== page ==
September 2017
Volume 17, Issue 10
Open Access
Vision Sciences Society Annual Meeting Abstract  |   August 2017
Human white matter structural properties correlate with individual difference in stereoacuity
Author Affiliations
  • Hiroki Oishi
    Center for Information and Neural Networks (CiNet), National Institute of Information and Communications Technology, and Osaka University, Suita, Japan
    Graduate School of Frontier Biosciences, Osaka University, Suita, Japan
  • Hiromasa Takemura
    Center for Information and Neural Networks (CiNet), National Institute of Information and Communications Technology, and Osaka University, Suita, Japan
    Graduate School of Frontier Biosciences, Osaka University, Suita, Japan
  • Shuntaro Aoki
    Graduate School of Frontier Biosciences, Osaka University, Suita, Japan
  • Ichiro Fujita
    Center for Information and Neural Networks (CiNet), National Institute of Information and Communications Technology, and Osaka University, Suita, Japan
    Graduate School of Frontier Biosciences, Osaka University, Suita, Japan
  • Kaoru Amano
    Center for Information and Neural Networks (CiNet), National Institute of Information and Communications Technology, and Osaka University, Suita, Japan
    Graduate School of Frontier Biosciences, Osaka University, Suita, Japan
Journal of Vision August 2017, Vol.17, 759. doi:10.1167/17.10.759
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      Hiroki Oishi, Hiromasa Takemura, Shuntaro Aoki, Ichiro Fujita, Kaoru Amano; Human white matter structural properties correlate with individual difference in stereoacuity. Journal of Vision 2017;17(10):759. doi: 10.1167/17.10.759.

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      © ARVO (1962-2015); The Authors (2016-present)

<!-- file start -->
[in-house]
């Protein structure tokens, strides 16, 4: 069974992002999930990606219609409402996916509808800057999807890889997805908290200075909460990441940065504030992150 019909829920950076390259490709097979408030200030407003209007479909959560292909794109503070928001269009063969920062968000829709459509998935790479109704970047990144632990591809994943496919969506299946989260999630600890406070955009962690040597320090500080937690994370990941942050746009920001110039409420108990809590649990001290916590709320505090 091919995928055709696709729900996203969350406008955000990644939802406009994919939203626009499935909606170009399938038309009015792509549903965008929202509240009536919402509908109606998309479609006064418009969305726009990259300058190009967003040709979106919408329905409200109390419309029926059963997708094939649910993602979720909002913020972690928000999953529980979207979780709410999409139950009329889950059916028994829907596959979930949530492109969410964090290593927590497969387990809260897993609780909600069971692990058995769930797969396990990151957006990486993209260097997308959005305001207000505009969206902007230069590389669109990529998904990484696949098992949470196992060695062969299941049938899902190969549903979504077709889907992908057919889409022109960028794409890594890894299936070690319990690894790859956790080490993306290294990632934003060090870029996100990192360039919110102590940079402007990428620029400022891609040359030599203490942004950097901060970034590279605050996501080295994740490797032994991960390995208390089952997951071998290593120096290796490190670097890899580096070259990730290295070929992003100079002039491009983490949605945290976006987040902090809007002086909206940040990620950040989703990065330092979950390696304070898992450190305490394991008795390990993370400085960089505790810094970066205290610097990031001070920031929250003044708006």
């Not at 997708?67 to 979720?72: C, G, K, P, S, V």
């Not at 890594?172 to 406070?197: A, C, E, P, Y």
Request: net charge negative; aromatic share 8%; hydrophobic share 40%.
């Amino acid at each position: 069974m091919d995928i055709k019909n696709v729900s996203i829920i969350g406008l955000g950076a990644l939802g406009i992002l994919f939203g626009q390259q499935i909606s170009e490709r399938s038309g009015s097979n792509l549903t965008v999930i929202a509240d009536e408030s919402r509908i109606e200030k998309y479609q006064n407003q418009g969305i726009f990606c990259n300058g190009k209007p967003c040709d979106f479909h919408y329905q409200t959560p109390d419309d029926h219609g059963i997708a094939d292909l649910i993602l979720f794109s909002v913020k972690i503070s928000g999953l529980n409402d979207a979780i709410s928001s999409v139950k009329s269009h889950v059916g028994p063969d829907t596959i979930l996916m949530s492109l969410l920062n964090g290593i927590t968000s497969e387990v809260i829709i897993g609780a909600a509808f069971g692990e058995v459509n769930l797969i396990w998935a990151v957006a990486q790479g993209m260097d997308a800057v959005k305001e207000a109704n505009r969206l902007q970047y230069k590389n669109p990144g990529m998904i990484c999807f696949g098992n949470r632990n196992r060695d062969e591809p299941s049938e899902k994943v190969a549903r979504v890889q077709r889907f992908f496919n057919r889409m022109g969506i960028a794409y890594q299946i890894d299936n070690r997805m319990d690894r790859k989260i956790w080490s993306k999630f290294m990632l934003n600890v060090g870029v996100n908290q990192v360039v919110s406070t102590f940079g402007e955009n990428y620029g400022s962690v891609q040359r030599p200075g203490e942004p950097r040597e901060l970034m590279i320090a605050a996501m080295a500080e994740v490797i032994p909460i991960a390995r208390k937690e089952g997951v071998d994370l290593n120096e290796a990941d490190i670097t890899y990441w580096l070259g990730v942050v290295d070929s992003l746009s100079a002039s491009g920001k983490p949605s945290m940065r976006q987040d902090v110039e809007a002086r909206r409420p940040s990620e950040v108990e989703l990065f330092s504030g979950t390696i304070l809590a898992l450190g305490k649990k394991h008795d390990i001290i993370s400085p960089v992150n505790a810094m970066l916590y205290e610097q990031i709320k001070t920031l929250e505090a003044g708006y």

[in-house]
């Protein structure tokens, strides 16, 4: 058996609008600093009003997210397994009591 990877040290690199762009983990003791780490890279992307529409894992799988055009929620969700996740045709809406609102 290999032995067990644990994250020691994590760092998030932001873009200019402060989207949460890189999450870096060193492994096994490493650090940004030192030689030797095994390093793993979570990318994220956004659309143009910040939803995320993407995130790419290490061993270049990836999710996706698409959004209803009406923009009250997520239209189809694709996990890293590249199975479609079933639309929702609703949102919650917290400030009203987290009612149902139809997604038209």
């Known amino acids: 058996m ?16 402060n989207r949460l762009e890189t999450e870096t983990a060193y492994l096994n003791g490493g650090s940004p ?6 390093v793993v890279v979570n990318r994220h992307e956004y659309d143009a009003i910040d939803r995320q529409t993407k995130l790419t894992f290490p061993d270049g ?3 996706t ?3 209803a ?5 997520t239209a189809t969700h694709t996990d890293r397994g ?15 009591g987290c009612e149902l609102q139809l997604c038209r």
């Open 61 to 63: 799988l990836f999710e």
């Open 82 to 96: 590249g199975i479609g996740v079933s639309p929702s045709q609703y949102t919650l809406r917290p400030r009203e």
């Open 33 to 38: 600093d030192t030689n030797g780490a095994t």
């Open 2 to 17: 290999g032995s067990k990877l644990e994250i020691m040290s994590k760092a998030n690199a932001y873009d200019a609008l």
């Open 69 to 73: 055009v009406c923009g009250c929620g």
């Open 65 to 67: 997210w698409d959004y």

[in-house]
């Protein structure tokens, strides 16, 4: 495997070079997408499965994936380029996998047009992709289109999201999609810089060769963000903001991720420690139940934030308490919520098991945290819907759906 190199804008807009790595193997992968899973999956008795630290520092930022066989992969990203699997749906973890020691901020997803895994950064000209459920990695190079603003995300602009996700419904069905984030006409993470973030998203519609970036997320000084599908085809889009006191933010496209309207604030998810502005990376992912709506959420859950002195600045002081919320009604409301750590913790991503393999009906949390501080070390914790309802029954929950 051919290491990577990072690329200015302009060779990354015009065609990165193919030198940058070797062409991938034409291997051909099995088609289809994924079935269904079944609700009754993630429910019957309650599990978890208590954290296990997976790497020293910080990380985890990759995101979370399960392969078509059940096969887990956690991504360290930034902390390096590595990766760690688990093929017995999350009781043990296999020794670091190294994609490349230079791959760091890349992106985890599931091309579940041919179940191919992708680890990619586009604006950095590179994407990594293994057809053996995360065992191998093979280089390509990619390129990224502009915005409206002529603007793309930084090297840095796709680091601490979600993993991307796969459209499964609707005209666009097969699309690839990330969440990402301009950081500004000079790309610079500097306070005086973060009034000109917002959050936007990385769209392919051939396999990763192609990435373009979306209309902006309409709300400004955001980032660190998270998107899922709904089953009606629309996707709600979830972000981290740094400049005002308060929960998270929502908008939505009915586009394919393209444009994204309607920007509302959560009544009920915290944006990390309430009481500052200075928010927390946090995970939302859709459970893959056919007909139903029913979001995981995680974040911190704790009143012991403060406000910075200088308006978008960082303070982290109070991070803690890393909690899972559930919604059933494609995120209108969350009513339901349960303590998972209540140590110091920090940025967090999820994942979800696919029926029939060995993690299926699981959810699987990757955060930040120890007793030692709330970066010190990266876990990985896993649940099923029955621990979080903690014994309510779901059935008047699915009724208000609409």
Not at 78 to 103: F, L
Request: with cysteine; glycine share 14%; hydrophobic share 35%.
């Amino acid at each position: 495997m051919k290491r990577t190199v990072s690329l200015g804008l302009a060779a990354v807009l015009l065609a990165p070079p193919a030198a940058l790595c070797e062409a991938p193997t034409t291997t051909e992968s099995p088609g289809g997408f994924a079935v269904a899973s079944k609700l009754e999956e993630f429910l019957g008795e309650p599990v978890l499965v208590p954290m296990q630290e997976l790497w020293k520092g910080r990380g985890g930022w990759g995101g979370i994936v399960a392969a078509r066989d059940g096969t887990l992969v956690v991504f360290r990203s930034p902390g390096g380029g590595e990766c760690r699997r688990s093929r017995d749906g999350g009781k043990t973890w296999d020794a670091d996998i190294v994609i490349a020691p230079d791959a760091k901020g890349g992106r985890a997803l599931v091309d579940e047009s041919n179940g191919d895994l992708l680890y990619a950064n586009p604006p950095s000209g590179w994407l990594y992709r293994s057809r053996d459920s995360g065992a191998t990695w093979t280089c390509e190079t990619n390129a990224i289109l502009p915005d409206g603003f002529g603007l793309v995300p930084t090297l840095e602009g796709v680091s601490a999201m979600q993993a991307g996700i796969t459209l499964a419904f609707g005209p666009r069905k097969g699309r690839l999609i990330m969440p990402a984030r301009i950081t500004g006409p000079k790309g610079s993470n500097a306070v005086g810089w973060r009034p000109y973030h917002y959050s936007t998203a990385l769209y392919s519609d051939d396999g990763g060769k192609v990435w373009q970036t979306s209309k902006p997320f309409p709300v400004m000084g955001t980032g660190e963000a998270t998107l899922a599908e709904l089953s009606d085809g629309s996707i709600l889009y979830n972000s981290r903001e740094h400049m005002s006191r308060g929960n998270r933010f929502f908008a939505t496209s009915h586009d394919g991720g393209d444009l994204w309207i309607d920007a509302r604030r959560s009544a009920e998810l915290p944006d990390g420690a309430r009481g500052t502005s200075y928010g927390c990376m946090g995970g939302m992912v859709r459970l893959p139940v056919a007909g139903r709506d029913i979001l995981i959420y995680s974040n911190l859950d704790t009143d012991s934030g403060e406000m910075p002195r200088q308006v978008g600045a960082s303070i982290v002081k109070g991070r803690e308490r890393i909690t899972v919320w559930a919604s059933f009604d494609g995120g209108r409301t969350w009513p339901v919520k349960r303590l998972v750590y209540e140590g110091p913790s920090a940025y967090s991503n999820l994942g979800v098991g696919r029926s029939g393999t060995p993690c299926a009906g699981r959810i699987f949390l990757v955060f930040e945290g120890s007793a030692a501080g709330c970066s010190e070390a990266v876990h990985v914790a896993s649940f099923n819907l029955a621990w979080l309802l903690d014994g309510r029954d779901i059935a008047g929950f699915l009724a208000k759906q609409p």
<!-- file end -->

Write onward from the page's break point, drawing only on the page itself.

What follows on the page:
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Abstract

Humans have substantial individual differences in the performance to identify binocular disparity (stereoacuity; Hess et al, 2016), but its neuroanatomical basis remains unknown. Given that both dorsal and ventral visual cortices process binocular disparity (Parker, 2007; Murphy et al., 2016), one candidate is a white matter tract connecting dorsal and ventral visual areas (Vertical Occipital Fasciculus, VOF; Yeatman et al., 2014; Takemura et al., 2016). Here we tested how the structural property of the VOF is related to the individual difference in stereoacuity by combining structural MRI and psychophysics. We collected diffusion-weighted MRI (dMRI; 2 mm isotropic, 64 directions) and quantitative MRI data (1 mm isotropic) from 19 participants with normal or corrected-to-normal vision (age 20-37, mean: 25.1 years old). After we identified the VOF in each subject using probabilistic tractography (Yeatman et al., 2014), we evaluated its structural properties using Fractional Anisotropy (FA) and Macromolecular Tissue Volume (MTV) measurements that quantify neural tissue density (Mezer et al., 2013). In psychophysics, we presented random-dot stereogram composed of central disk (disparity was varied from±0.002 deg to±0.128 deg) and surrounding annulus (zero disparity). Subjects are asked to judge whether the center disk was nearer or farther than the surrounding annulus. Based on the results of the psychophysical experiment, we classified subjects into higher (N=10) or lower (N=9) stereoacuity groups. We found that higher stereoacuity group showed significantly higher FA values, along the dorsal segment of the right VOF (d'=1.0). We also observed an inter-group difference in MTV along the whole right VOF (d'=0.88). We did not observe a significant difference in other tracts in visual cortex (e.g. optic radiation, forceps major). This result suggests that structural properties of white matter tract involved in dorsal-ventral communications are related to individual difference in stereoacuity.

Meeting abstract presented at VSS 2017

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